Cat Constantly Meows and Drives Owner Crazy

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Cat in shoulder bag carrier

Dr. Sophia Yin, DVM, MS
1968-2014 R.I.P.


My cat has always been a talkative animal, but her insistent meowing has been worse recently than ever before. Sami has always been much quieter when living in a household with another cat, but now Sami cries constantly, anytime my boyfriend or I are home. It’s not a talkative friendly cry, it’s a desperate sounding cry for attention. She follows us around and cries at our feet until we pay attention to her. She cannot handle not being held or petted and always needs to be sitting on my lap. I’ve tried so many different things….I’ve tried giving her attention first thing in the morning, playing with her, cuddling with her, but even if I play with her for 30 minutes I have to get ready for work and she cries the whole time I’m getting ready. As soon as I come home from work it starts again. I have tried to give her tons of attention and when she cries I pick her up and talk to her…but it always continues, she always wants more and more….and I just don’t have time!!! Now I’m trying to ignore her when she is crying, I’m not making eye contact, not talking to her, and I walk away when she is crying. When she is being quiet then I try to give her attention….but it’s so hard! She will be sitting there quiet and I’ll walk toward her or say one word to her and she will start crying!! So then I have to walk away again. It’s so frustrating, I just don’t even know what to do anymore.



Erin, the problem is that by giving Sami attention to get her to be quiet, you’ve actually spent months rewarding her for meowing! It’s even worse if you ignore her for a little while and then finally give in because then she learns that she has to meow longer and harder to get your attention. Now that you’re ignoring the meowing and trying to reward quiet behavior, you’re on the right track, but you’ll need to tweak it to get it to actually work.

First, you’ll have to find a better way to give her the message that sitting quietly is what earns her your attention. The quickest way to do this in cats is to teach them to sit using food. Use her regular kibble instead of giving it to her for free in a bowl, or use canned food on a spoon, or small treats. Getting her to work for her kibble or regular food is best since if you can reward quiet behavior 100x in a day, you’ll change the behavior much faster than if you used treats which can only make up about 10% of her diet. Also make sure the treats or kibble are small enough so she finishes each one in just one or two bites.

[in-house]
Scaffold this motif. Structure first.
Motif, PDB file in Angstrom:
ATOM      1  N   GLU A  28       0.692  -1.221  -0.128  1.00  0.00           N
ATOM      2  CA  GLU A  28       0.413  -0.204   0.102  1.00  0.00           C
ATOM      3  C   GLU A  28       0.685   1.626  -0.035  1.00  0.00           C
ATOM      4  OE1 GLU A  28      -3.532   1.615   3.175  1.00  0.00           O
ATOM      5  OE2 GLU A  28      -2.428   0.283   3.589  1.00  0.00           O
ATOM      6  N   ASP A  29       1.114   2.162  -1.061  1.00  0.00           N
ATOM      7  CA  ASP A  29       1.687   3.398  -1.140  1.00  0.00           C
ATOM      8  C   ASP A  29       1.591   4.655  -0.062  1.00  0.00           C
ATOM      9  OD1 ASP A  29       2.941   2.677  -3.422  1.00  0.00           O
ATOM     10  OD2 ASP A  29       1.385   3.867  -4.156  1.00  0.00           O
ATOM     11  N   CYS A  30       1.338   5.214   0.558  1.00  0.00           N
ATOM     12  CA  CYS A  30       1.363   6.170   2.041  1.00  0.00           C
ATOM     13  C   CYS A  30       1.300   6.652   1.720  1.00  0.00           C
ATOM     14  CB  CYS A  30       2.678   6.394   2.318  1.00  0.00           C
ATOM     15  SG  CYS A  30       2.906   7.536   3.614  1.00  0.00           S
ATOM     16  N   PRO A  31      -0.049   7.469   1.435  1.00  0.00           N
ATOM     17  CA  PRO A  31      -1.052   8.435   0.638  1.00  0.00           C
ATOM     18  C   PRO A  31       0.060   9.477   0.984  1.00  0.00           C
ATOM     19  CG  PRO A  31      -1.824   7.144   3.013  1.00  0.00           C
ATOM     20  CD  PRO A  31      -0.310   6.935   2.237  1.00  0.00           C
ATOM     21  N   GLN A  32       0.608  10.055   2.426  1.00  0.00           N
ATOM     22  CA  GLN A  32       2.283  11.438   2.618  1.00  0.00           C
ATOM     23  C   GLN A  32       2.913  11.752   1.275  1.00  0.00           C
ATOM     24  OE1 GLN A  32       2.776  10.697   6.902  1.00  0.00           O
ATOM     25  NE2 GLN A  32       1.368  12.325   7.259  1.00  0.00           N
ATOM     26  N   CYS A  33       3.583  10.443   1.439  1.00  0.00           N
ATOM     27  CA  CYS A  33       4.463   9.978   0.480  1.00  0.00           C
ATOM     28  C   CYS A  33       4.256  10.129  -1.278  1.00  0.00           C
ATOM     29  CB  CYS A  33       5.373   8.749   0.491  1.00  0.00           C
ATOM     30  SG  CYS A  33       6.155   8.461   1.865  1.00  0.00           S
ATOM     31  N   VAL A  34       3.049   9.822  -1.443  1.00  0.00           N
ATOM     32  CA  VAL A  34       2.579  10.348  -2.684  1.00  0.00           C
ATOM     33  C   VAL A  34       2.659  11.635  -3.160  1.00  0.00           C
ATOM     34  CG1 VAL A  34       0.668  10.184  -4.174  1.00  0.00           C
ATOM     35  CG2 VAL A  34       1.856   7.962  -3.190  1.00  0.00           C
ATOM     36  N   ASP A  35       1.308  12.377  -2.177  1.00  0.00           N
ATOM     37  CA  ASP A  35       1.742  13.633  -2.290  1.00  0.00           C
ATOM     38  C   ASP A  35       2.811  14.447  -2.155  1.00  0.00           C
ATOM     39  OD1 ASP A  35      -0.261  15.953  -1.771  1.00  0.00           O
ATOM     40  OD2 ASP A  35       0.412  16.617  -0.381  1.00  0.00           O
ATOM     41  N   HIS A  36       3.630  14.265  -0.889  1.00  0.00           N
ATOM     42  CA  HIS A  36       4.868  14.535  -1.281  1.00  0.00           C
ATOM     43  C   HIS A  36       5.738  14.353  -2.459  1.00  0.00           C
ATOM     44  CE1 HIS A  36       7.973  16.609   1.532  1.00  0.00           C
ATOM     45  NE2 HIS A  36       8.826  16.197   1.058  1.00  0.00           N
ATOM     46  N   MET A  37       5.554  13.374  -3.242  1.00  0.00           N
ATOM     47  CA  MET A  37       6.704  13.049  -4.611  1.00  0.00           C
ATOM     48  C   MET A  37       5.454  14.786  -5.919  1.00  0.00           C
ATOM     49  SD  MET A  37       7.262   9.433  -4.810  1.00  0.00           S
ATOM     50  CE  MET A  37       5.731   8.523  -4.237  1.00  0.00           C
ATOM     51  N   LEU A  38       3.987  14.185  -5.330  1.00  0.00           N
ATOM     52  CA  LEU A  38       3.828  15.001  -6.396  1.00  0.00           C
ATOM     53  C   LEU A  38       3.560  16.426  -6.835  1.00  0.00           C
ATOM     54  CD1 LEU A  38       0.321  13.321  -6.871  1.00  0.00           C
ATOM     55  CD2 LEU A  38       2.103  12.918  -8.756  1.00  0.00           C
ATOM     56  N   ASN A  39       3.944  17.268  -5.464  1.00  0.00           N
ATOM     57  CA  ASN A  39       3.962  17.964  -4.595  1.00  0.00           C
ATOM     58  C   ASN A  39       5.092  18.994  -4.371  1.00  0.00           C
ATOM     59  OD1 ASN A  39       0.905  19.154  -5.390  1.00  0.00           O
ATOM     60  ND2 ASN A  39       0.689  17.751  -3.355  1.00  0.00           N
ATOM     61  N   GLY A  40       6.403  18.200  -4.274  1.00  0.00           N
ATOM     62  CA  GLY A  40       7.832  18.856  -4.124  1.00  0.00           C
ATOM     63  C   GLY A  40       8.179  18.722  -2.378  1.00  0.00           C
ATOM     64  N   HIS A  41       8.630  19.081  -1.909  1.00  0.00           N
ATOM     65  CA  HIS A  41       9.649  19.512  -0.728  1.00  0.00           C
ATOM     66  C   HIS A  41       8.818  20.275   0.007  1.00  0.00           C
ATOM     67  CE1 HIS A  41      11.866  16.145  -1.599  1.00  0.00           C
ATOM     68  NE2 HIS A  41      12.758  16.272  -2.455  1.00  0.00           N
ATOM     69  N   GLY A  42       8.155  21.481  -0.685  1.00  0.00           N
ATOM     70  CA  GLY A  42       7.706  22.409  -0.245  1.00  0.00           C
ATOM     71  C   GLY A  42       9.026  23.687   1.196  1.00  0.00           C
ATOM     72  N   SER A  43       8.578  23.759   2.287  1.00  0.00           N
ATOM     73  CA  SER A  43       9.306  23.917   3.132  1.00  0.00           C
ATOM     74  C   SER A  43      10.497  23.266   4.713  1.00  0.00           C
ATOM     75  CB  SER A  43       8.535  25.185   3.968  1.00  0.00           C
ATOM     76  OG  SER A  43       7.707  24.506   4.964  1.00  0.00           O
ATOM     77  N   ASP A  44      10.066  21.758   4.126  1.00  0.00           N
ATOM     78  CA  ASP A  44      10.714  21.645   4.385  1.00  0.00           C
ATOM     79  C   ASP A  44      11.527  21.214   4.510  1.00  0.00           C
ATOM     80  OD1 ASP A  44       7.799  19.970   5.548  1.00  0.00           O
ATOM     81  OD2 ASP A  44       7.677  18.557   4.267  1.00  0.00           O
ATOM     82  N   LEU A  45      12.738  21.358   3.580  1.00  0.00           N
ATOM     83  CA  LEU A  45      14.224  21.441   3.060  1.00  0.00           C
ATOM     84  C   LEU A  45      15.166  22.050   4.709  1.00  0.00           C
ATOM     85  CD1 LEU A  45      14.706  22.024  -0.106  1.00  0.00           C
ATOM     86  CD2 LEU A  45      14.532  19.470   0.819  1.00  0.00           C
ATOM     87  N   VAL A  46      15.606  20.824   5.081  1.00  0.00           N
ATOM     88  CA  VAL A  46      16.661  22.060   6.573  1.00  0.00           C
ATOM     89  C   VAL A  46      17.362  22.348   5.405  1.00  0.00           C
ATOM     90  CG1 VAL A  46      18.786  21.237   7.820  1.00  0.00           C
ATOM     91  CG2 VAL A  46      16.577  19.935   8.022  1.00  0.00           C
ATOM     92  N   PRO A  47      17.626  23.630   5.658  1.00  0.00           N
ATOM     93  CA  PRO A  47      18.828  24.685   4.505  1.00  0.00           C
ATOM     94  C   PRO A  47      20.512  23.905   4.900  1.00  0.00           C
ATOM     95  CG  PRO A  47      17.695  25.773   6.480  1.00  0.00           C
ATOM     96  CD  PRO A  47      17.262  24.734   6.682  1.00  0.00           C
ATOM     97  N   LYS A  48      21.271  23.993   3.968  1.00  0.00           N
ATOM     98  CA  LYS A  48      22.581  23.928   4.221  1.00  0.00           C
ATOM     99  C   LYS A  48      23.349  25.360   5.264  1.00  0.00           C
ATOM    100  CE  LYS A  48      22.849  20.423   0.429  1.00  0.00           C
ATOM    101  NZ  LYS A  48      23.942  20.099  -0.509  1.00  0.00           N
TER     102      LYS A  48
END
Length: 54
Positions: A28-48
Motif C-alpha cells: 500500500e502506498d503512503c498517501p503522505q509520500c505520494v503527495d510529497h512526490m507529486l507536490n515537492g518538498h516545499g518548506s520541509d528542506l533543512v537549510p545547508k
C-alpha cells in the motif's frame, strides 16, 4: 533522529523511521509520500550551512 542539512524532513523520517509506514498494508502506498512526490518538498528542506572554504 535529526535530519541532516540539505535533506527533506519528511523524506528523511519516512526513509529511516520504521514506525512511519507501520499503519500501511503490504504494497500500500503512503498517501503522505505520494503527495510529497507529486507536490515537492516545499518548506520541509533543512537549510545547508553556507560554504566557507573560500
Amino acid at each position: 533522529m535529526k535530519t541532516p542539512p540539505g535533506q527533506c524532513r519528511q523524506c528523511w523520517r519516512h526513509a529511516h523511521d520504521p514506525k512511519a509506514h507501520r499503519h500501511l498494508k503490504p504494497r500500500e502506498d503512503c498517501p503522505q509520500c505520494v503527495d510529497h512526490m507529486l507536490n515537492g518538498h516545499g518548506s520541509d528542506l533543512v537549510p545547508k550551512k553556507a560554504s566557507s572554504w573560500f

To train sit, as soon as Sami sits, get the food reward up to her face in a manner that allows her to remain seated. Once she eats it give her one or two more for remaining seated. At first if she’s meowing, it’s ok. But after she gets the idea that she should be sitting, then only reward the sit if she’s also quiet. She should be on this step by the end of day 1 or 2.

Once she can sit quietly for several seconds to receive a treat, then work on giving her treats for remaining seated and quiet. The goal is to always give treats before she starts meowing or getting up. For instance you may start by giving treats every 3-5 seconds for 5-10 treats, and then increasing the interval to 7 seconds and then 10 seconds and then 15 seconds, 20 seconds, 30 seconds. If you increase in this systematic manner and have her earn a large portion of her meal this way, then within several days you’ll have longer bouts of quiet.

It’s also a good idea to teach her that the word “quiet” means she gets no attention. You can do this once she is starting to understand that sitting quietly gets treats and can hold still and quiet for at least 5-10 seconds. Then, when she meows at you, say “quiet” in a calm but clear voice and immediately turn your head away from her. Once she’s quiet for a second or two, reward her with a treat and then give several more frequently enough so that she remains quiet for another 30 seconds but gradually space the treats further and further apart.

You can also then train her to follow you when you walk around the house, when she catches up so that it’s easier to reward quiet sit behavior, or you can train her to sit quietly and stay in one spot away from you. To train her to follow you, take a few steps. When she follows and sits then reward the quiet, polite behavior. To train her to stay, give her a treat for sitting on a chair or stool. Give her a “halt” signal with your hand. Then back up one step but hurry and return to her and reward her with a treat before she gets up. When you can do this 5 times, then switch to taking 2, then 3 and then more steps away.

By approaching this problem in a systematic manner so Sami can understand that quiet behavior is what earns attention, you’ll be able to turn the meowing noise off in just several days.

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29 responses to “Cat Constantly Meows and Drives Owner Crazy

  1. One other thing to consider, an increase of meowing and crying behaviour can also be due to a condition called hyperthyroidism. A visit to your veterinarian and a bloodtest can rule this out as a contributing factor.